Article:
Frequently asked questions about making a complaint

If you have questions about Resolution's complaints process, you'll be able to find FAQs below. We will add to this page in due course.

Why does Resolution not deal with formal complaints while there are ongoing proceedings/negotiations?

Firstly, we are a voluntary organisation and not a regulator and we have no powers to intervene in the legal processes involved in cases. All our solicitor members are bound by the statutory regulations imposed on them by the Solicitors Regulation Authority; Legal Executives are bound by the conditions imposed by CILEX ; Mediators by the Family Mediation Council’s Code and so forth.

These Regulators impose mandatory obligations on their members about how they must act during ongoing proceedings. These include areas concerning confidentiality rules and about the advice and taking of their client’s instructions. Therefore, we cannot interpose these regulatory obligations with our complaint procedure during those ongoing proceedings and we cannot ask what advice they gave to their own client.

Secondly our policy is in in place for the simple reason that Resolution has a responsibility to ensure that our actions do not disturb proceedings that may involve negotiations towards settlement, or matters concerning children and young people. This is also to protect what may be deemed in law to be confidential or privileged information from being disclosed because of the need on the part of a member to respond to a complaint.

Most important to us – when investigating complaints and generally – is that the interests of any children are placed at the heart of the approach that we and our members take. This is the bedrock of our Code of Practice and all that we do. It informs why, from the perspective of our complaints process, we are so anxious not to upset the equilibrium of any ongoing discussions between the parties who are able to access their own independent legal advice about their own positions. If you don’t yet have your own independent legal advisor, we can send you information about various organisations who are able to offer you free initial consultations and guidance.

Much of what is provided within proceedings and ongoing negotiations is bound by the legally confidential information rules and information and documentation should not be shared outside of those proceedings at all without the court’s permission.

If you wish to alert the member to your concerns, during the ongoing proceedings, we can instigate our informal complaint procedure by sending the information that you provide to the Member informing that we will be instigating our formal complaint procedure at the end of the ongoing proceedings.

Because of their duties to their own client, your former partner is likely to be made aware of your concerns and so to may the court. We would hate for this approach to upset those negotiations or cause further distress to you (and hence is also one of the other reasons we ask whether this is an appropriate time to inform of the concerns when you are at liberty to raise these concerns within any court proceedings asking a Judge or Magistrate to deal with the matter at that time). The court can impose costs sanctions for any misconduct issues that arise during the proceedings.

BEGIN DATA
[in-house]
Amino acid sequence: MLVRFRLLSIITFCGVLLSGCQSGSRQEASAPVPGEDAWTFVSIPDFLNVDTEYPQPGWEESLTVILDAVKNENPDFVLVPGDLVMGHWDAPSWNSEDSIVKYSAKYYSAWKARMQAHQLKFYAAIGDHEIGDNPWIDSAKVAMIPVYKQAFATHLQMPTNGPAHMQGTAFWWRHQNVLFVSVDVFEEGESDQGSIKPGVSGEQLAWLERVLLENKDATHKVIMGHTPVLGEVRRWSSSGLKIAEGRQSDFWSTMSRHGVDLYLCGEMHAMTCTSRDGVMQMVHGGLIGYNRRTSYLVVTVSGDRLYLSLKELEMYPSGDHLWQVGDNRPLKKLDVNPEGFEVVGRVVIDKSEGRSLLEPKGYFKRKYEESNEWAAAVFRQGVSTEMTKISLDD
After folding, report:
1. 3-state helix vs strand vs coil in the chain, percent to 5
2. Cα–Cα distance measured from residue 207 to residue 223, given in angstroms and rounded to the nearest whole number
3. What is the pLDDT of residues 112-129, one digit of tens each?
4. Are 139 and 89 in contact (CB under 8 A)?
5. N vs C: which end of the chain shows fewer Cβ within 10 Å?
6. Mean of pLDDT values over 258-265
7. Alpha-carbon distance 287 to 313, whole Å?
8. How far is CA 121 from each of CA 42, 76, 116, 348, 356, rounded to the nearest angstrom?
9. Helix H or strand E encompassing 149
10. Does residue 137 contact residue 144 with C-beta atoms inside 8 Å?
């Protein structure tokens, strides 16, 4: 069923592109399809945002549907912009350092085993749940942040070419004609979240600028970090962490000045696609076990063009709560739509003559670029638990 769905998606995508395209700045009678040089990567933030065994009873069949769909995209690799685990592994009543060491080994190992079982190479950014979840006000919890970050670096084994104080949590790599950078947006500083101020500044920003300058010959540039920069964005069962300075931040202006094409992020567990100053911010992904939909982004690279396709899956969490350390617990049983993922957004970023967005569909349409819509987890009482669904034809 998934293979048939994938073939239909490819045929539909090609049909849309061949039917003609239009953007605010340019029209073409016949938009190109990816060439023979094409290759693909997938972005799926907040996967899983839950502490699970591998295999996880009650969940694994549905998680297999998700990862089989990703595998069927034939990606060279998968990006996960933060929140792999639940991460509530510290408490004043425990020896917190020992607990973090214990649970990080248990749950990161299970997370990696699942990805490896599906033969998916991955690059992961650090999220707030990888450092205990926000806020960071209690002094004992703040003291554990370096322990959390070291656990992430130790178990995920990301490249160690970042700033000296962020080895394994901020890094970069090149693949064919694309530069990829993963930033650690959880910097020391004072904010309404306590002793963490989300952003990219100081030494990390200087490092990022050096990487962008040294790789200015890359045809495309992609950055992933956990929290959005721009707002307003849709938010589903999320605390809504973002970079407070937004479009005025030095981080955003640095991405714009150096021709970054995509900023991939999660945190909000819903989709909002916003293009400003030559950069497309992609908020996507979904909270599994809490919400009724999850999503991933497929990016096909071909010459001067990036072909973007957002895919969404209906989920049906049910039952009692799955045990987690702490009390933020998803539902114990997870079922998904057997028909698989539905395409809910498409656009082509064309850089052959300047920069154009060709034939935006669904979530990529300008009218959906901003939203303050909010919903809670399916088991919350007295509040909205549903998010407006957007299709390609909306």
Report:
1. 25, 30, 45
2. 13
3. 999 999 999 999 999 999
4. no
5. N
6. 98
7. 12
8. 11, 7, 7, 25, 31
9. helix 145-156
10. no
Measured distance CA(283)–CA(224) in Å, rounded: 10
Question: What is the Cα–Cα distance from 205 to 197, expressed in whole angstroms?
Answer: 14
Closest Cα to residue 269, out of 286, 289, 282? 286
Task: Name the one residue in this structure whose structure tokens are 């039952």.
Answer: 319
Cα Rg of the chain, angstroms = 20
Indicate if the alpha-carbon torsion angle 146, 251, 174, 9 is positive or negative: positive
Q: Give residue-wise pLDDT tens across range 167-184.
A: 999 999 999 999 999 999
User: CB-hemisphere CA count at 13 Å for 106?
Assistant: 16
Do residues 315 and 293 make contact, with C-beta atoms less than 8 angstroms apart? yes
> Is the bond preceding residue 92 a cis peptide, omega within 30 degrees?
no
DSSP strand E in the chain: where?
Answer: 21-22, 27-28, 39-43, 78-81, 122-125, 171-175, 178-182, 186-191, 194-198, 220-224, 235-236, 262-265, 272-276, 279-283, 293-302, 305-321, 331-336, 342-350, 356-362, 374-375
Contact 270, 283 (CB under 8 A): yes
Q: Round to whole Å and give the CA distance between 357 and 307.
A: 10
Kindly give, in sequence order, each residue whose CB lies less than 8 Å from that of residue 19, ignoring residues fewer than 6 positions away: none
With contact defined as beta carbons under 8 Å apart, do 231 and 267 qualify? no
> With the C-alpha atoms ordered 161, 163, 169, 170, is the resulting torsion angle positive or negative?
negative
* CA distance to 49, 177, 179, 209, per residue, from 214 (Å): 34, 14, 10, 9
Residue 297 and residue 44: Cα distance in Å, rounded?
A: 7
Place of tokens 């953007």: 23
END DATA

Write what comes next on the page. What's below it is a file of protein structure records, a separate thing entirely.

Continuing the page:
What are the responsibilities of legal professionals?

All legal professionals must follow and comply with strict professional standards and regulations which are set out by the Solicitors Regulation Authority  if they are a solicitor, the Chartered Institute of Legal Executives (CILEx) if they are a Legal Executive or to the Bar Standards Board if they are a barrister. Your own legal professional has a duty and responsibility to:

  • Act with integrity, fairly and professionally – and ensure that they act in your individual best interest
  • Ensure that you have the information and/or advice that you need to make a decision about what it is you need their help to do
  • Explain how your problem will be handled and any options there are available to you
  • Give you information about how much it is likely to cost

Not all legal professionals have the same duty or responsibility toward someone who is not (or has never been) their client (a ‘third party’).  Regulators do not always take complaints from third parties so you should always check with the appropriate organisation its policy on accepting such complaints.

Legal professionals are also bound by very strict rules of confidentiality in relation to their own client and for this reason they may not be able to give you any information about what is happening or has happened in regard to advice they have provided to their client without their client’s expressed permission to do so.

Our members must meet the general duties and responsibilities set out by their Regulator.  They have additionally signed up to the Resolution Code of Practice for specialist family lawyers.

If your concern is about a breach of the Regulator’s Code or a breach to the court proceedings (for example, about costs, delays, fraud, collusion or lying, taking advantage of you as a Litigant in Person), then you should approach the Regulator or the Court with your complaint. If your complaint is upheld by the Regulator or the Court, please contact us with the outcome report so we can decide on the steps we should take.